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. Last Updated: 07/27/2016

Parliament Votes to Take Control of Izvestia

The Russian parliament voted Tuesday to take over Izvestia, its most decisive step yet in a battle that has raged for months between conservative legislators and President Boris Yeltsin over one of the country's most popular newspapers.

In separate votes, both houses of parliament ruled in favor of taking control of Izvestia's publishing facilities. By doing so, the legislators delivered a blow to Yeltsin, defying his decree of two months ago taking the property under his wing.

The resolution puts the parliament in immediate control of Izvestia's massive publishing complex, which includes 13 buildings on Pushkin Square, three vacation resorts in the Moscow suburbs, a new printing facility, as well as pioneer camps and sanitariums in the Ryazan and Krasnodar regions.

At a press conference Tuesday, Mikhail Poltoranin, the press and information minister, said that the government was planning "a number of measures" to fight off this latest offensive on the freedom of the press, including taking the issue to the Constitutional Court.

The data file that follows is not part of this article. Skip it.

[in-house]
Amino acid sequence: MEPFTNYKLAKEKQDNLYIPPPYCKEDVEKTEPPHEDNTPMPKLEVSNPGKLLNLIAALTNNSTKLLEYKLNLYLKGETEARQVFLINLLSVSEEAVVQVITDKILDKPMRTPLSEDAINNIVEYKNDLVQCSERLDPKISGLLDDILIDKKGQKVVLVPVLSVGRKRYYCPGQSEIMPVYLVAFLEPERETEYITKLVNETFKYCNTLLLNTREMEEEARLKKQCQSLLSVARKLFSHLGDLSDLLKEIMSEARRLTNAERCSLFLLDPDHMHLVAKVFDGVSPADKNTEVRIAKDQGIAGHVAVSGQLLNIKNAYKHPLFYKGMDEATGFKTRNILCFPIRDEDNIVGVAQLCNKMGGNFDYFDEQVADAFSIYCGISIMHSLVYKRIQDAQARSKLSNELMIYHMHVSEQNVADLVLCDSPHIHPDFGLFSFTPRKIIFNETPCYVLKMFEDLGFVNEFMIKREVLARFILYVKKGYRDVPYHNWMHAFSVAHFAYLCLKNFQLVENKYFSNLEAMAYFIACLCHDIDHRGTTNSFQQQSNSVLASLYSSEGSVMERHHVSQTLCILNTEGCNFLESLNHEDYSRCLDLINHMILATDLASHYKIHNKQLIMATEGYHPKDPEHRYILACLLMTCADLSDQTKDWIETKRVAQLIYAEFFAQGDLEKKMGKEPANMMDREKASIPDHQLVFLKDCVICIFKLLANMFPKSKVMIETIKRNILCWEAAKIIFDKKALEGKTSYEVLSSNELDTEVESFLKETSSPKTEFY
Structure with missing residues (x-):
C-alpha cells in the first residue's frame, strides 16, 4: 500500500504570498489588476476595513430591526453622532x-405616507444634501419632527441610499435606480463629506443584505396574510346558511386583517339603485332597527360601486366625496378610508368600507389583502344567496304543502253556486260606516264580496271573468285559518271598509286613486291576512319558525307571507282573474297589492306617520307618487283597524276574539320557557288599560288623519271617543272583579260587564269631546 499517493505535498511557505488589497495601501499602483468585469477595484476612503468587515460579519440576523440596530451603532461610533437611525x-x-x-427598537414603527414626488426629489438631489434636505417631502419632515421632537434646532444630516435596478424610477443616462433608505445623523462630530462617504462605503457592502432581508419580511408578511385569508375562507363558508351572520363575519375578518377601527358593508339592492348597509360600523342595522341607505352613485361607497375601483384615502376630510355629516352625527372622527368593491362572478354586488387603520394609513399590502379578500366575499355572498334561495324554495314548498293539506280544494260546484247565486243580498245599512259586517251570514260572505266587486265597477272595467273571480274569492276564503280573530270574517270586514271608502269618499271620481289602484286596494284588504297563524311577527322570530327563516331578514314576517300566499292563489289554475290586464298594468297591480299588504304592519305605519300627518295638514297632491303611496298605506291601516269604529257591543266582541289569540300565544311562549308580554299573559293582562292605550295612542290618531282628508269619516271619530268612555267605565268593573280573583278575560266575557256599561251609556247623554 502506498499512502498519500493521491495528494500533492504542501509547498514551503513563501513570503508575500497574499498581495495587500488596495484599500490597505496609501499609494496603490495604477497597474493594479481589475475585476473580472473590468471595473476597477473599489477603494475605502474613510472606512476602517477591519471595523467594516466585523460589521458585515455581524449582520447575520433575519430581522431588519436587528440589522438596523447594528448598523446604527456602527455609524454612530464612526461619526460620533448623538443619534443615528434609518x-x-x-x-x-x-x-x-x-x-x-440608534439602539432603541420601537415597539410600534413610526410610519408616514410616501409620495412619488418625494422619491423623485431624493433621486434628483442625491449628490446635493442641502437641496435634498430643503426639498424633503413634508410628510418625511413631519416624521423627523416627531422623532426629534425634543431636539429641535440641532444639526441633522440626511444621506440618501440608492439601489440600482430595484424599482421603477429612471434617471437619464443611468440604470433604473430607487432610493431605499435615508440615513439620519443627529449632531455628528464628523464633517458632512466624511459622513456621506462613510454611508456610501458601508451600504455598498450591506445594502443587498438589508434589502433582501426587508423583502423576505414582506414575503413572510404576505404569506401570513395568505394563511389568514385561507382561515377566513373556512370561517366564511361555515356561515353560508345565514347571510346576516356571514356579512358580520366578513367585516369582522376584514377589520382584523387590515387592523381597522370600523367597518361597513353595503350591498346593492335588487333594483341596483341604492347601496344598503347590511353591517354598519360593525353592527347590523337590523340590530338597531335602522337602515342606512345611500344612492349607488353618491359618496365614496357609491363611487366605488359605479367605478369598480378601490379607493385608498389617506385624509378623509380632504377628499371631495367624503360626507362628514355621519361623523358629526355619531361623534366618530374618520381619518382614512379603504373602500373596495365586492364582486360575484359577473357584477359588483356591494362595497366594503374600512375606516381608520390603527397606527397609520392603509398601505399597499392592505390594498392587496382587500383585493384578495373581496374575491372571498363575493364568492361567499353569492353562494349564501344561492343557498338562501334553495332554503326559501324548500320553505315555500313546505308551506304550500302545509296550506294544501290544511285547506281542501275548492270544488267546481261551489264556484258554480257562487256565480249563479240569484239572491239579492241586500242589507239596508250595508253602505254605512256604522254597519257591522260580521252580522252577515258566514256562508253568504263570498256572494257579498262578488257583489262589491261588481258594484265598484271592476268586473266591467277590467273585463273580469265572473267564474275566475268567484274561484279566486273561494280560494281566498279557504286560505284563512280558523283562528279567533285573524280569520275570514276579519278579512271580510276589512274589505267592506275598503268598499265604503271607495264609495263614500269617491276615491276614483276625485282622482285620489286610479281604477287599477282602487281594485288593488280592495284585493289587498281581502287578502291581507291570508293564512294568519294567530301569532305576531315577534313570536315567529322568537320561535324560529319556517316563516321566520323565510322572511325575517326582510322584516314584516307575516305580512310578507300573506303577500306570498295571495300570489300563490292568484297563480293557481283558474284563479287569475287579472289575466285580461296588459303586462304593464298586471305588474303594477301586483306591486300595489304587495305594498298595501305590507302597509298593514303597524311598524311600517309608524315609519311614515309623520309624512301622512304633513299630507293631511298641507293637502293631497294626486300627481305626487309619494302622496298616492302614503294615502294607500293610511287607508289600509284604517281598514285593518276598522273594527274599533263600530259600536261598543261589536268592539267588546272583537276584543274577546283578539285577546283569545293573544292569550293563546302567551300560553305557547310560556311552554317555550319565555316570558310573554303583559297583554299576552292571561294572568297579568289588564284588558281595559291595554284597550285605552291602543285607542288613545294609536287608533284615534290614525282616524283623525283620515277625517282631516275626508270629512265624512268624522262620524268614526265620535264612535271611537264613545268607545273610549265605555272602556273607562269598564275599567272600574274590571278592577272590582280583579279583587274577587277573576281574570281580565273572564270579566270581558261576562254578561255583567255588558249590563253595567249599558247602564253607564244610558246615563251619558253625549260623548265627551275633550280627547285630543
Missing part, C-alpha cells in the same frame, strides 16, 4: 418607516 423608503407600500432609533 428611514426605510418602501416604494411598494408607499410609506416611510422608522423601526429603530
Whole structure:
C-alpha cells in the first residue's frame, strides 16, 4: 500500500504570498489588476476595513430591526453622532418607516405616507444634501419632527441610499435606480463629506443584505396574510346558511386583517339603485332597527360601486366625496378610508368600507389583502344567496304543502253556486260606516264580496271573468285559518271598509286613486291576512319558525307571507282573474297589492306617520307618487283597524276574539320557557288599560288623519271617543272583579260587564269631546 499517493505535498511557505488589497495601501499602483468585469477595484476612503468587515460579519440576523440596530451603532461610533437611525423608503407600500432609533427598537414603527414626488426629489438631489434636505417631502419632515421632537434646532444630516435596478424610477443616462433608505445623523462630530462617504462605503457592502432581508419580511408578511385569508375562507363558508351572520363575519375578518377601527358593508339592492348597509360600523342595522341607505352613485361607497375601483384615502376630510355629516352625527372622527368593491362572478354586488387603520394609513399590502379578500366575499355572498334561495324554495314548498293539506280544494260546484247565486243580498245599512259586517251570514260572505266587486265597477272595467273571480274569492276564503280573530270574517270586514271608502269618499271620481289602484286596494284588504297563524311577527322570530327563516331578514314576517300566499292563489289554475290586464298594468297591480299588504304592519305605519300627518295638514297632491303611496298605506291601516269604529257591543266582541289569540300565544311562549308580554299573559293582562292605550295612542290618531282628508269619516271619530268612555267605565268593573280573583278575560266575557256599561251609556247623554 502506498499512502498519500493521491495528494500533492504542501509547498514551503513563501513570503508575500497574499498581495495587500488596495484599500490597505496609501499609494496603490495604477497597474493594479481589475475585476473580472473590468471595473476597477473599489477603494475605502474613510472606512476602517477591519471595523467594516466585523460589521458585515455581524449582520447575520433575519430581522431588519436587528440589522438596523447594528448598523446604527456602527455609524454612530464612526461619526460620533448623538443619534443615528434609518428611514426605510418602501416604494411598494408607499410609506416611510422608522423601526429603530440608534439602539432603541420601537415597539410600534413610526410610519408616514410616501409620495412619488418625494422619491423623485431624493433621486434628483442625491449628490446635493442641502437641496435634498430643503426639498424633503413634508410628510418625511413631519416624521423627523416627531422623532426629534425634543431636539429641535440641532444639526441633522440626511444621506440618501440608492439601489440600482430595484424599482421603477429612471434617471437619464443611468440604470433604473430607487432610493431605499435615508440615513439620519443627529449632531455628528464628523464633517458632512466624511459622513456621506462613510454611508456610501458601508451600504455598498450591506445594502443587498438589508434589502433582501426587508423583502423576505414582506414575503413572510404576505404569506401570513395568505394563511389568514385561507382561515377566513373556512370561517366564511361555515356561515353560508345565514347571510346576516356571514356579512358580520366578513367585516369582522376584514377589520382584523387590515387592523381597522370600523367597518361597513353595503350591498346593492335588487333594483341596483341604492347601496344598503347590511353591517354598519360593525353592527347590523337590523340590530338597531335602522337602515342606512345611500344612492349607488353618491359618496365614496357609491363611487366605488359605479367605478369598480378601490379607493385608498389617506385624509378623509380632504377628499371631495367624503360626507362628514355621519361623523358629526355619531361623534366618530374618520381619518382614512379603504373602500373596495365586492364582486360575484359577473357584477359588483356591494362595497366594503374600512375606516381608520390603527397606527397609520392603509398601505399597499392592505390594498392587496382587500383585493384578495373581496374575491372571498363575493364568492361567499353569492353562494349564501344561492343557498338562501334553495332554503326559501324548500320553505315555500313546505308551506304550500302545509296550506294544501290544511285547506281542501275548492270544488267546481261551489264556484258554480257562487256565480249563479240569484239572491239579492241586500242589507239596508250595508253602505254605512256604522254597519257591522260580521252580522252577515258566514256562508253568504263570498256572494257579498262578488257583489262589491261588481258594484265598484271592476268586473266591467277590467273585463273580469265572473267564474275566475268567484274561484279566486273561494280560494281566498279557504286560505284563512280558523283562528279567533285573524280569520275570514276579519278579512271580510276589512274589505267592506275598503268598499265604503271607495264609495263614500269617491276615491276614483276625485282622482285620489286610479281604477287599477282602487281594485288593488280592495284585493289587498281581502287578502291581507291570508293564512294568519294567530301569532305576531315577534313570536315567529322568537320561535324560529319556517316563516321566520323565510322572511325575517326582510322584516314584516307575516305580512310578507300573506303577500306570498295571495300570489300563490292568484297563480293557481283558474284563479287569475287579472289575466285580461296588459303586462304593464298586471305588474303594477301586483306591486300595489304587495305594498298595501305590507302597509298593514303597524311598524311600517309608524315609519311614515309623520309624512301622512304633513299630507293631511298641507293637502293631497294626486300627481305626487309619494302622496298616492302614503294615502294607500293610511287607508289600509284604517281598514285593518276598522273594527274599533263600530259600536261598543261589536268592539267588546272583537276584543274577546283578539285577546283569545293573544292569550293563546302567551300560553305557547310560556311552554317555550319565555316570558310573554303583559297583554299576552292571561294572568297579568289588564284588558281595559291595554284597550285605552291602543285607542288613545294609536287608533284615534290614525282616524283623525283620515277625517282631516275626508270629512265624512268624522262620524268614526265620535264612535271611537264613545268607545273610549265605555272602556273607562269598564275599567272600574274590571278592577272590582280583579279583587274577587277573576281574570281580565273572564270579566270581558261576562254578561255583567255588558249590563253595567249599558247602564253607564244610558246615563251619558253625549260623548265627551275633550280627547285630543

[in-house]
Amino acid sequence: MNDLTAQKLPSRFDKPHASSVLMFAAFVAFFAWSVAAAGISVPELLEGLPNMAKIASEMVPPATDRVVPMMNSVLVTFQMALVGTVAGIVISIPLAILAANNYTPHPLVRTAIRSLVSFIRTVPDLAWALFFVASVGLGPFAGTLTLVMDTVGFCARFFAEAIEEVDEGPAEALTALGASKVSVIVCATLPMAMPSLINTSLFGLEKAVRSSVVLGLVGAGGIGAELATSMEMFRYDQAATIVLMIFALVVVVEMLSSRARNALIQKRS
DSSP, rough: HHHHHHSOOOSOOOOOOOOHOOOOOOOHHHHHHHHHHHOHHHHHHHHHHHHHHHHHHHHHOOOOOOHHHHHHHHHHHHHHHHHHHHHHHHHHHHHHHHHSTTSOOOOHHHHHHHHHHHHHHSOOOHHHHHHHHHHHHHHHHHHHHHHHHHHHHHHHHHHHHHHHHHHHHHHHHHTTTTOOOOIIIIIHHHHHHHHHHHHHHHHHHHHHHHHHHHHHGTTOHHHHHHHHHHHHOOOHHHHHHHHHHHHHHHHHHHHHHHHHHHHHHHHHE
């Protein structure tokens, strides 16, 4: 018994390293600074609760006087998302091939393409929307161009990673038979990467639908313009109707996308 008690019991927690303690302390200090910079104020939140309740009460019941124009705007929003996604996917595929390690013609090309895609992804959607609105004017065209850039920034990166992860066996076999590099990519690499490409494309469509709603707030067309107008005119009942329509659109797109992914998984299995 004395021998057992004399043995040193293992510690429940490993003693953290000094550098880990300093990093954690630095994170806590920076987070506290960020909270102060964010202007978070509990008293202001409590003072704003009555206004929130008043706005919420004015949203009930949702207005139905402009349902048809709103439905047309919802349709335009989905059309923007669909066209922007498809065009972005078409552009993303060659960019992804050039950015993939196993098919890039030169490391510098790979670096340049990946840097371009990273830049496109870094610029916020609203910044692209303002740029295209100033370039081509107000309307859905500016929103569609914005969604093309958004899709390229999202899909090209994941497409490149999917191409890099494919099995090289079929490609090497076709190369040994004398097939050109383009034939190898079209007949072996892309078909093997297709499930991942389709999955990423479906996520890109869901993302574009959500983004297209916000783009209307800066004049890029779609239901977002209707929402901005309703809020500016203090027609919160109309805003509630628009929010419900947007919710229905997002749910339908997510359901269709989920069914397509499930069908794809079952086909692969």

The fight over Izvestia is just one example of tension between Yeltsin's government and the parliament, which has constantly opposed its reform plan. Izvestia has also been a point of contention between Poltoranin and parliament speaker Ruslan Khasbulatov, who called for each other's resignations over the issue last week.

Editors of the 75-year-old newspaper said that they would preserve Izvestia's status as an independent newspaper by immediately transforming into a publicly owned company separate from the publishing complex.

An aide to the editor-in-chief Igor Golembiovsky said that ownership of Izvestia's numerous joint projects, including a new printing facility worth several million dollars, was now unclear and would be settled in court.

"This just makes the realization of our projects much more difficult", said Sergei Chekina, the aide. "There's even a question as to who has the right to the name Izvestia".

The parliament, which resolved to, take over the facilities on the argument that Izvestia had belonged to the, Soviet parliament, plans to put out its own newspaper.

It remains unclear, however, whether Yeltsin's decree parliament's legislation takes precedence.

"I think they'll have problems", Chekina said. "Our readers are used to seeing us".